Here is a List of Those Who Paid for Derby’s Tunnels

Smugglers of Salem

  In 1801 Elias Hasket Derby  Jr., King Derby, extended the old tunnel system in town. The plethora of the extensions to the system he engineered was paid for by the Salem Common Fund Subscribers in the 19th century.  These are tunnels familiar to Webster and Adams.

  The Salem Common Subscriber Fund was a project brought about by Elias Hasket Derby Jr. disguised as a beatification program. A subscription was collected from 159 citizens of Salem, equaled to $2,500 ($35,855.80 roughly today), to on paper take down the hills, grade the common, fill in the 5 ponds and the river, add a whitewash fence, and some poplars.  The sum fell short and an additional fund was created to pay for the project with 66 more subscriptions. Some who had paid for the first would contribute again. Afterward many ship captains would build grand Federalist mansions around the park removing the industrial feel that pervaded earlier. No longer the tanneries, rope walks, foundries, and bakeries dotted the Common.

  Elias Hasket Derby Jr. would rise up as General Derby of Salem’s local militia. He would use these men to carry out the work. Previous the local militia had fallen to disorganization. So what occurred to inspire Derby to reorganize them? Thomas Jefferson.

  Thomas Jefferson had won a silent revolution in 1800 which limited the aristocratic tendencies of the Federalist Party. With Jefferson there was the hope of moving away from the seaboard into the country and buying a farm. Once you were a property owner you would have the ability to have a vote. To help for the interior improvements Jefferson imposed new duties on imports. A move not much favored in Salem.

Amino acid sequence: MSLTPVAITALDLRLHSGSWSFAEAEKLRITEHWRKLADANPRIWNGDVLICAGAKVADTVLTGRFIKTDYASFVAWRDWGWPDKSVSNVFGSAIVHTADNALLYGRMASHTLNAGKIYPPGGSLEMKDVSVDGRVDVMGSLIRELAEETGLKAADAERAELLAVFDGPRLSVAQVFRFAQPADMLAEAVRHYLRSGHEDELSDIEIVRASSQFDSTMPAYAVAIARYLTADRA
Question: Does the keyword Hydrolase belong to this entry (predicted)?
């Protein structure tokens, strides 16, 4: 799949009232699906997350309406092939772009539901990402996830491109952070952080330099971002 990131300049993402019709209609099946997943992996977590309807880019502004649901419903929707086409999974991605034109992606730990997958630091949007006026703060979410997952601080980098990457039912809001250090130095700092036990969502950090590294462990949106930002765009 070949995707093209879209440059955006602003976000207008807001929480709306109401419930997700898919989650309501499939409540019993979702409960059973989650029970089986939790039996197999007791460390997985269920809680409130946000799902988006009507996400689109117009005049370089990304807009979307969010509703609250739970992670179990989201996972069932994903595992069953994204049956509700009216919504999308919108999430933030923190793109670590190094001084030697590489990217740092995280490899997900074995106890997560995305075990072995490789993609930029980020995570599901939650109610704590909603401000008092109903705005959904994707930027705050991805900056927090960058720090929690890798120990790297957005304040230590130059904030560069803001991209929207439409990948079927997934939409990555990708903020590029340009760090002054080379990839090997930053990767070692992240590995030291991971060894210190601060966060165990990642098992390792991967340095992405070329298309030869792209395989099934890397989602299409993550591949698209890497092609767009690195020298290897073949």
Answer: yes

To help collect these duties Jefferson had asked the local militias to aid the custom agency in their collection. So Elias, General Derby, housed the militia in Wakefield Place on the location of the Hawthorne Hotel and had them set to work in the Common.  They did indeed carried out the plan that was above board, but they did much more below.

   Under the guise of a beautification program this militia dug a series of tunnels around the Common and hid the dirt in the ponds and the river that led to Collins Cove. The tunnels would connect the new Federalist mansions through their fireplace arches or holes in their basements. So these 159 merchants could smuggle goods from their wharf, to store in their homes, push to their stores, and bring the proceeds into the vaults connected to the tunnels. If they did not want to sell their goods in town, there was an underground railroad station provided by George Peabody, the progenitor of J.P. Morgan.

    These subscribers included  state and federal Senators and Congressmen, half the custom agency, local mayors, the founder of the New England Medical Review Journal, and families related by marriage or business to the Derbys, Peabodys, and Crowninshields. Later the tunnels would connect the homes of a Secretary of the Navy, an Associate Superior Court Justice, the financier behind Daniel Webster, a Secretary of State, and one of the most famous men to be murdered in the 19th century, and more…